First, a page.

Anthony Spiteri Staines



An Introduction to Bi-Directional Transition Network Modeling

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Ordinary Petri nets are classifiable as forward transition systems. This implies that by default, once a transition has fired it cannot be reversed. System representation and modeling is an interesting area used for modeling modern computer systems. Because of changes in technology systems contain diverse forms of behavior. In requirements engineering and requirements elicitation, system modelers can benefit from new approaches and new forms of system representation that build upon previous work. This work presents a new approach and view where it is possible to actually reverse a transition that has taken place. This idea is presented in a Bi-Directional or Bi-Directed transition net. The bi-directional net introduces the concept of reversing the normal firing order. In normal Petri nets once the firing occurs this is irreversible. In the bi-directional net it is possible to reverse the transition. In this work the motivation and ideas behind the Bi-Directional transition are explained and compared with normal Petri Nets. Some toy examples are included to support the ideas of the bi-directional net. From the findings and examples it is clearly indicated that the Bi-Directional Net can be used to create models that can invert the transition firing order and reverse their behavior. Even though the Bi-Directional Net might look simpler in reality it is more complex. The results discuss some of the main properties and issues behind the bi-directional net. This paper is divided into the following sections: i) introduction to the area, ii) related work about transition systems and Petri Nets, iii) motivation and problem definition, iv) proposed solution, v) implementation, vi) examples, vii) results and findings and viii) conclusions.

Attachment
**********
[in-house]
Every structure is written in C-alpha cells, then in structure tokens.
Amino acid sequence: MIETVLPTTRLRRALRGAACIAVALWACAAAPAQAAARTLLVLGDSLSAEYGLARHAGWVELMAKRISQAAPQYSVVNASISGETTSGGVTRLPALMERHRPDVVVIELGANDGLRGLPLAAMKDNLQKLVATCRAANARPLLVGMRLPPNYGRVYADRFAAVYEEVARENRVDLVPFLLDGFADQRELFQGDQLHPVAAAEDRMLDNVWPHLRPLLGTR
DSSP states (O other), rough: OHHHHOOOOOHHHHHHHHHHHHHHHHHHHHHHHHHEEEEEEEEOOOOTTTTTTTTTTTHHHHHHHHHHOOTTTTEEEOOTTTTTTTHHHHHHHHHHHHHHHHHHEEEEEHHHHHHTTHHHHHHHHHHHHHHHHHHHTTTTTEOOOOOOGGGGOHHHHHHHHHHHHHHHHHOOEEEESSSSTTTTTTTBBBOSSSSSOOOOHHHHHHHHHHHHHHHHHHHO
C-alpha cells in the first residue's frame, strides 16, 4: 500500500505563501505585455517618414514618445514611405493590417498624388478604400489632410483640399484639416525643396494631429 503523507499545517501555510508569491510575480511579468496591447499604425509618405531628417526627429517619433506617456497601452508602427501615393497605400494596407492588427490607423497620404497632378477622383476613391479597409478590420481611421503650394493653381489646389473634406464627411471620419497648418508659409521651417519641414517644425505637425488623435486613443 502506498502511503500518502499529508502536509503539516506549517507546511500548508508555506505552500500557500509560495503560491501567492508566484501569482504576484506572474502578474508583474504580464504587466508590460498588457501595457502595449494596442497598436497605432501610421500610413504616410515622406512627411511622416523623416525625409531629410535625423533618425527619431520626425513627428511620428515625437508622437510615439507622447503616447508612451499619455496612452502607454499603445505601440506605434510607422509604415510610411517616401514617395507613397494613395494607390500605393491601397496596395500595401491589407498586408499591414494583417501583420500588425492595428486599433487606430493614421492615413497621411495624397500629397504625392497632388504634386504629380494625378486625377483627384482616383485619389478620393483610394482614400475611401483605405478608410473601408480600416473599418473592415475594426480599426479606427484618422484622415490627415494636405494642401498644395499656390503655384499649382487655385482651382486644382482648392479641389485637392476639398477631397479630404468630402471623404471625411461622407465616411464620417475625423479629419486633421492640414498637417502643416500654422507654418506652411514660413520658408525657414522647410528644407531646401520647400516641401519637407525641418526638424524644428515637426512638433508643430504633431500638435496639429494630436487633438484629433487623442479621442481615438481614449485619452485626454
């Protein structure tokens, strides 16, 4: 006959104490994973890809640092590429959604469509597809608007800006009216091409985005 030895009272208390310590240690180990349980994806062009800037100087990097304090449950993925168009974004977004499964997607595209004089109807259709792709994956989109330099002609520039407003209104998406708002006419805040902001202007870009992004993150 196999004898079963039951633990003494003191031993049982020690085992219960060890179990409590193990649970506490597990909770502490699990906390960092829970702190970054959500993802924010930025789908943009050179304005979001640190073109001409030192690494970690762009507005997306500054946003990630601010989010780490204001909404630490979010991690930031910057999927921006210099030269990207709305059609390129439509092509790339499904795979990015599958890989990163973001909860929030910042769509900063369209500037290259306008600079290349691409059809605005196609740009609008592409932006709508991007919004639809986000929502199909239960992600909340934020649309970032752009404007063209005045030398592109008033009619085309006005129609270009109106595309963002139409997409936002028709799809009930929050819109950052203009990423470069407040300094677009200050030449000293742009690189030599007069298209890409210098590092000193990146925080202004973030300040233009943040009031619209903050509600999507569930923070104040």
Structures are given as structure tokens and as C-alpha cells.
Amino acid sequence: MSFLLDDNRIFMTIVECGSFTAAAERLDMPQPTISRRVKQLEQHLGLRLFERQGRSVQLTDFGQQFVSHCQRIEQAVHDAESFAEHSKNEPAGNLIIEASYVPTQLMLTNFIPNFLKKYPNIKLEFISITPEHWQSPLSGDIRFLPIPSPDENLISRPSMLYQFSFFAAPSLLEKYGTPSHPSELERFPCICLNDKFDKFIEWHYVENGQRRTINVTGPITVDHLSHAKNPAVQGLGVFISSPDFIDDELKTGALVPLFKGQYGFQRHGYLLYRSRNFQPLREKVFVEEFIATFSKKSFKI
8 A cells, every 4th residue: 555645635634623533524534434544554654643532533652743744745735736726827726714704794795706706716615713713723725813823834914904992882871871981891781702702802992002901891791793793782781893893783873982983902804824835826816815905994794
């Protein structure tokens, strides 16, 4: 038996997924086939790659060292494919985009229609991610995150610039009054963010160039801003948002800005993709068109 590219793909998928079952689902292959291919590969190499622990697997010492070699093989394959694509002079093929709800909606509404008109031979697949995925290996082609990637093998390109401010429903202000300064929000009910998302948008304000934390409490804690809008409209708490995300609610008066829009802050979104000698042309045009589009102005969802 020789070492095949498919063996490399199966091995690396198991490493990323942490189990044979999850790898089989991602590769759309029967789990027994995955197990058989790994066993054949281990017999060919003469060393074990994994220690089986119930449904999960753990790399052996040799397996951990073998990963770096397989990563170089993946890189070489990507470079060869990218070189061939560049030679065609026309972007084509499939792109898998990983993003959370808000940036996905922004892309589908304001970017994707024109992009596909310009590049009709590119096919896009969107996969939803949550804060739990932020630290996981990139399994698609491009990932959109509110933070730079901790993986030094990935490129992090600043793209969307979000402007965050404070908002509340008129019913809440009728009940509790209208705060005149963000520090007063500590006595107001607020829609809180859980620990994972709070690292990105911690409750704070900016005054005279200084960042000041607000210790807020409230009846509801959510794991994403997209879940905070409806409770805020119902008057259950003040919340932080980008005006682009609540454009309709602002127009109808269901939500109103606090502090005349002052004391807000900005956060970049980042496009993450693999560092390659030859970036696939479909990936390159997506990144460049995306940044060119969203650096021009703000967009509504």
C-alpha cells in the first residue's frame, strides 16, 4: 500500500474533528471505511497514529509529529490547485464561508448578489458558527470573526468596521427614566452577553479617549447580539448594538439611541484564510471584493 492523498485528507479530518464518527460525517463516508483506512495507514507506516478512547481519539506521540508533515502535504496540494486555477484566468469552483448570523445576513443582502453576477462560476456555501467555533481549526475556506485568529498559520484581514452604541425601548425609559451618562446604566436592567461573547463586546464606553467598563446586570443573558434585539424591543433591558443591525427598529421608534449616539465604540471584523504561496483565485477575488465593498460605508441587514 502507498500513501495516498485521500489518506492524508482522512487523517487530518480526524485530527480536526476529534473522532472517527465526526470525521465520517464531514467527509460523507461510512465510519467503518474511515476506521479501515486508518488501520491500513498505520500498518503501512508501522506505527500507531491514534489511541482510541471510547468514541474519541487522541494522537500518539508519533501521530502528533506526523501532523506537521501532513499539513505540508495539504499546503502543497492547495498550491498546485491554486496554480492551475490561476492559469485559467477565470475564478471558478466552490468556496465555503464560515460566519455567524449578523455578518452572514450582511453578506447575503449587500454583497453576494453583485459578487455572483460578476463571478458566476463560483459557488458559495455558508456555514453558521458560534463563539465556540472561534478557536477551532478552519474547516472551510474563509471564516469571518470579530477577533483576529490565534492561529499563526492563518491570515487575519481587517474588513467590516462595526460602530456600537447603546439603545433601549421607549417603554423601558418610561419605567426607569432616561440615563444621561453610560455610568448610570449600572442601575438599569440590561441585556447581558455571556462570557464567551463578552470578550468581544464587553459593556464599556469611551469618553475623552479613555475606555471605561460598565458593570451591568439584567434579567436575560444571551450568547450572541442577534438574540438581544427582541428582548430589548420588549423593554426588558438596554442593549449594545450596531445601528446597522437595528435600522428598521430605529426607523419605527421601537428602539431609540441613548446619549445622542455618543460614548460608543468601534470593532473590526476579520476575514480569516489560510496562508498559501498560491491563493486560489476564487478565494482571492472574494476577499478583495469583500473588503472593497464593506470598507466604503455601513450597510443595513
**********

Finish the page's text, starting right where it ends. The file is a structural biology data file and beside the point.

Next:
Bi-directionality, Symbolic Representation, Systems Modeling, Network Representation, Petri Nets, Transition Systems


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Cite this paper

Anthony Spiteri Staines. (2017) An Introduction to Bi-Directional Transition Network Modeling. International Journal of Computers, 2, 80-87


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